About a year ago, Dell made an important move. Pushed by thousands of comments in its IdeaStorm website, the company started offering Ubuntu preloaded on a small selection of its machines. Initially only a US-based program, but later on, some European countries followed. However, criticism was not absent; buyers complained the machines were hard to find on Dell’s website and that Dell did not do enough to promote sales of the Ubuntu machines. Today, Dell has commented on the whole Dell-Ubuntu marriage.In an interview with ComputerWorld a few days ago, Dell said that “sales of the Linux-loaded machines are encouraging”. However, they refuse to give out any specific sales figures. “A [sales] number is not going to validate it as much as our actions to date,”, they said. As for the lack of promotion, they claimed that Linux enthusiasts will find the machines anyway, promotion or not. “If you know Linux, you’re going to know we sell Dell products with Linux on them.” They did not exclude the possibility of Linux-centric advertising in the future.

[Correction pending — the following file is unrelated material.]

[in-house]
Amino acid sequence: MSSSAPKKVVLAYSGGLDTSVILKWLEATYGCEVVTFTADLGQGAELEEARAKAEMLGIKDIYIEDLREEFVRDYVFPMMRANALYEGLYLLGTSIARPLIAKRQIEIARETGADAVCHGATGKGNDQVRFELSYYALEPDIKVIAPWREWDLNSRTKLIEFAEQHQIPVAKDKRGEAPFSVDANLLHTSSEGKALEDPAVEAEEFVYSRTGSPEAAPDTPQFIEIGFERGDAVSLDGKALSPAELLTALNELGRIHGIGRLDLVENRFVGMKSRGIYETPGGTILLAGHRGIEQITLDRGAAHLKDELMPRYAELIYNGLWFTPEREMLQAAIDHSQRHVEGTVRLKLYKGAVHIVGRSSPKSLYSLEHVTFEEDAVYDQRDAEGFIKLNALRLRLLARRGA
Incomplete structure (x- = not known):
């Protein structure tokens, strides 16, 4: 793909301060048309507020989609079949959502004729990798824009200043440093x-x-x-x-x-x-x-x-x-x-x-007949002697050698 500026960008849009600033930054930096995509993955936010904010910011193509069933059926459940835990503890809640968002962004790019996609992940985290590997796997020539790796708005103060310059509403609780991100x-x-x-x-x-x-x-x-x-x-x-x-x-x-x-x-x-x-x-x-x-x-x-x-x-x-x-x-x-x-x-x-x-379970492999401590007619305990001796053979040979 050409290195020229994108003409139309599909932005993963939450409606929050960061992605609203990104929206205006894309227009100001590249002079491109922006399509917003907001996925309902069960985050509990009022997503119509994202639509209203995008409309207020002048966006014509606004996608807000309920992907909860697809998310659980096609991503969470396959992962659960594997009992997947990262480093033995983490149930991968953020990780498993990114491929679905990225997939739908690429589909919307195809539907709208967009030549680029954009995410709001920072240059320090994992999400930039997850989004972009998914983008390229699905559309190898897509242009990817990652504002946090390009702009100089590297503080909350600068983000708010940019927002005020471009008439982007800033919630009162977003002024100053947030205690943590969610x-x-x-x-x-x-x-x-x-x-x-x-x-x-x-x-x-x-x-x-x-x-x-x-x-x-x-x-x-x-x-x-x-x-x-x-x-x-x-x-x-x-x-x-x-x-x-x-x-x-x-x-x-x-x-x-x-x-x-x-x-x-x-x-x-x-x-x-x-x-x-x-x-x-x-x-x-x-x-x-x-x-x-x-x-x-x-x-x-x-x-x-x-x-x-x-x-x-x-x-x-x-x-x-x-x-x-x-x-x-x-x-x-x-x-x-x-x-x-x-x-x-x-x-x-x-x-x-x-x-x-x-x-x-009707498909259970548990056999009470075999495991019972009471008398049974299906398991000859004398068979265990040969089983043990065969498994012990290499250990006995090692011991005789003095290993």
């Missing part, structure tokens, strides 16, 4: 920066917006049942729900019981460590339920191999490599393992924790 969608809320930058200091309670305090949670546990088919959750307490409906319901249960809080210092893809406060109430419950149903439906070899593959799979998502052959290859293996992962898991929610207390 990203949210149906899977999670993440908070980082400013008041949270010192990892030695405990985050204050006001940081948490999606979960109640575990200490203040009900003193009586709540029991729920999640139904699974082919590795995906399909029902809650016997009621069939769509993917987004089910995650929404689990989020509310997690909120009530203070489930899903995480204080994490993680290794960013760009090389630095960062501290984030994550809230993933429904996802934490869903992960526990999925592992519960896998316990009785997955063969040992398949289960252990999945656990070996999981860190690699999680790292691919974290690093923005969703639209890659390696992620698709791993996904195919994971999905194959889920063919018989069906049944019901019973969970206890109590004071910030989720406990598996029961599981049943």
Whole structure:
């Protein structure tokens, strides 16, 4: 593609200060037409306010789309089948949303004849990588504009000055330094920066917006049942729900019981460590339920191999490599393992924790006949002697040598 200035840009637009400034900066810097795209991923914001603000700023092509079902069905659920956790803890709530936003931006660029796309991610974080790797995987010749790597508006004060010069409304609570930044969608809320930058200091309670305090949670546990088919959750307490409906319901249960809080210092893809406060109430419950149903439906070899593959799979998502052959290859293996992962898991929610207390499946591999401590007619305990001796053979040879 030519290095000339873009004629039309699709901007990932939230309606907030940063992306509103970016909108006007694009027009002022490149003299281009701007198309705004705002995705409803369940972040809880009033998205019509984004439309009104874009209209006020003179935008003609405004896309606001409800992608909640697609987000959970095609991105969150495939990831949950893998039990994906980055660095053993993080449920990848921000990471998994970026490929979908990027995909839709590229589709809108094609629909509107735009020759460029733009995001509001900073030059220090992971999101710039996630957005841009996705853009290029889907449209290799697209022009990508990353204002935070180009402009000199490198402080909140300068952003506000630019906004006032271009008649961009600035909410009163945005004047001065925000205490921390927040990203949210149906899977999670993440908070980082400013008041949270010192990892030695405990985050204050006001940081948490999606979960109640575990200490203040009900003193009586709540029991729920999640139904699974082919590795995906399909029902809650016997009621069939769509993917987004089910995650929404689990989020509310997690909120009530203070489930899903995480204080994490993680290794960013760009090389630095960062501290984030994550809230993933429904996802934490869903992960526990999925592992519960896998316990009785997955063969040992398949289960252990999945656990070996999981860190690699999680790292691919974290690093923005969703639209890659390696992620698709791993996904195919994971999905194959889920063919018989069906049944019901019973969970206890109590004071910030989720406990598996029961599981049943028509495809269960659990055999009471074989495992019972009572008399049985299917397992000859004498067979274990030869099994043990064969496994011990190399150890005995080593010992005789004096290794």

Personally, I always feel that if a company has a hit on their hands, or even reaches sales estimates, they will be shouting it off the rooftops – if they decline to give any detailed information, or use fairly vague and indeterminate terms like ‘encouraging’, it usually means that either sales are so-so, or that they are downright bad.
Interestingly enough, even if Dell were to give more detailed figures with regards to the amount of machines it has sold pre-loaded with Linux, we still would not be aware of how many Dell machines actually have Linux running on them. How many of you have bought a Windows Dell laptop, only to remove Windows afterwards, replacing it with Ubuntu, OpenSUSE (or whatever your choice of distribution may be) instead?
Which brings us full circle to the usual problem when it comes to ‘counting’ Linux machines. Who is keeping track of all the enthusiasts who download and install Linux?